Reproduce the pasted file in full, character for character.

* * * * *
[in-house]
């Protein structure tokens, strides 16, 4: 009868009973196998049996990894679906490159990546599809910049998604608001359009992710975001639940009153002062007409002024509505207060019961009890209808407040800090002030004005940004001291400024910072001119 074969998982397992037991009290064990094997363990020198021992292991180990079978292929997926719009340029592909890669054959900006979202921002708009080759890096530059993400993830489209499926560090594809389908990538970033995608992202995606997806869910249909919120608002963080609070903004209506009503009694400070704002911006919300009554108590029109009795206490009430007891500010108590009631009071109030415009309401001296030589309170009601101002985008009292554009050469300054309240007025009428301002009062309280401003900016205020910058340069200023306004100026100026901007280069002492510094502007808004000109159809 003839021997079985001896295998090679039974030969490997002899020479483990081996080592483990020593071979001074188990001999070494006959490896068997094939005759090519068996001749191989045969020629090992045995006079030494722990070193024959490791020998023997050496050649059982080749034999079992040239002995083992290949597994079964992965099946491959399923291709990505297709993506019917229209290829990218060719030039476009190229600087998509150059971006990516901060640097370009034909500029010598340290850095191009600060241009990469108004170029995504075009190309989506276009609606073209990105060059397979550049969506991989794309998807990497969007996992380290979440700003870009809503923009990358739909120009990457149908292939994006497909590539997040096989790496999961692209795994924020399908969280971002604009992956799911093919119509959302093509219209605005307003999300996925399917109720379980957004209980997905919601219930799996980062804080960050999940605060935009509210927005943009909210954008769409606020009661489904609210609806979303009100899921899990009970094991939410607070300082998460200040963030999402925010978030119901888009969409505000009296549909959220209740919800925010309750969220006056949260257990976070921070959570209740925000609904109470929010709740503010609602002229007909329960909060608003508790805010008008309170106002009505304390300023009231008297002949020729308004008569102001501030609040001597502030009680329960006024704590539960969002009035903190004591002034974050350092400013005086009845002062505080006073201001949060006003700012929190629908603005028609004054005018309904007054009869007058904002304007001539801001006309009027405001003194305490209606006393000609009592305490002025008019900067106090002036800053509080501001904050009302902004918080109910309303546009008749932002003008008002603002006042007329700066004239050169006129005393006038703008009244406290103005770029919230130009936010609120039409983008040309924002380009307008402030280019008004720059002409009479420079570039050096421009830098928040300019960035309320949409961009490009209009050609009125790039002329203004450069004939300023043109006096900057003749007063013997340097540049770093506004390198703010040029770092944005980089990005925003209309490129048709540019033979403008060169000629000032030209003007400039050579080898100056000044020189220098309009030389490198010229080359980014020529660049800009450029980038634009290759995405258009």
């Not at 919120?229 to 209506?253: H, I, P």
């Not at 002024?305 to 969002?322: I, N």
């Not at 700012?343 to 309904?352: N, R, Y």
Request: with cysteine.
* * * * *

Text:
[in-house]
């Protein structure tokens, strides 16, 4: 009868009973196998049996990894679906490159990546599809910049998604608001359009992710975001639940009153002062007409002024509505207060019961009890209808407040800090002030004005940004001291400024910072001119 074969998982397992037991009290064990094997363990020198021992292991180990079978292929997926719009340029592909890669054959900006979202921002708009080759890096530059993400993830489209499926560090594809389908990538970033995608992202995606997806869910249909919120608002963080609070903004209506009503009694400070704002911006919300009554108590029109009795206490009430007891500010108590009631009071109030415009309401001296030589309170009601101002985008009292554009050469300054309240007025009428301002009062309280401003900016205020910058340069200023306004100026100026901007280069002492510094502007808004000109159809 003839021997079985001896295998090679039974030969490997002899020479483990081996080592483990020593071979001074188990001999070494006959490896068997094939005759090519068996001749191989045969020629090992045995006079030494722990070193024959490791020998023997050496050649059982080749034999079992040239002995083992290949597994079964992965099946491959399923291709990505297709993506019917229209290829990218060719030039476009190229600087998509150059971006990516901060640097370009034909500029010598340290850095191009600060241009990469108004170029995504075009190309989506276009609606073209990105060059397979550049969506991989794309998807990497969007996992380290979440700003870009809503923009990358739909120009990457149908292939994006497909590539997040096989790496999961692209795994924020399908969280971002604009992956799911093919119509959302093509219209605005307003999300996925399917109720379980957004209980997905919601219930799996980062804080960050999940605060935009509210927005943009909210954008769409606020009661489904609210609806979303009100899921899990009970094991939410607070300082998460200040963030999402925010978030119901888009969409505000009296549909959220209740919800925010309750969220006056949260257990976070921070959570209740925000609904109470929010709740503010609602002229007909329960909060608003508790805010008008309170106002009505304390300023009231008297002949020729308004008569102001501030609040001597502030009680329960006024704590539960969002009035903190004591002034974050350092400013005086009845002062505080006073201001949060006003700012929190629908603005028609004054005018309904007054009869007058904002304007001539801001006309009027405001003194305490209606006393000609009592305490002025008019900067106090002036800053509080501001904050009302902004918080109910309303546009008749932002003008008002603002006042007329700066004239050169006129005393006038703008009244406290103005770029919230130009936010609120039409983008040309924002380009307008402030280019008004720059002409009479420079570039050096421009830098928040300019960035309320949409961009490009209009050609009125790039002329203004450069004939300023043109006096900057003749007063013997340097540049770093506004390198703010040029770092944005980089990005925003209309490129048709540019033979403008060169000629000032030209003007400039050579080898100056000044020189220098309009030389490198010229080359980014020529660049800009450029980038634009290759995405258009």
């Not at 919120?229 to 209506?253: H, I, P």
């Not at 002024?305 to 969002?322: I, N």
């Not at 700012?343 to 309904?352: N, R, Y």
Request: with cysteine.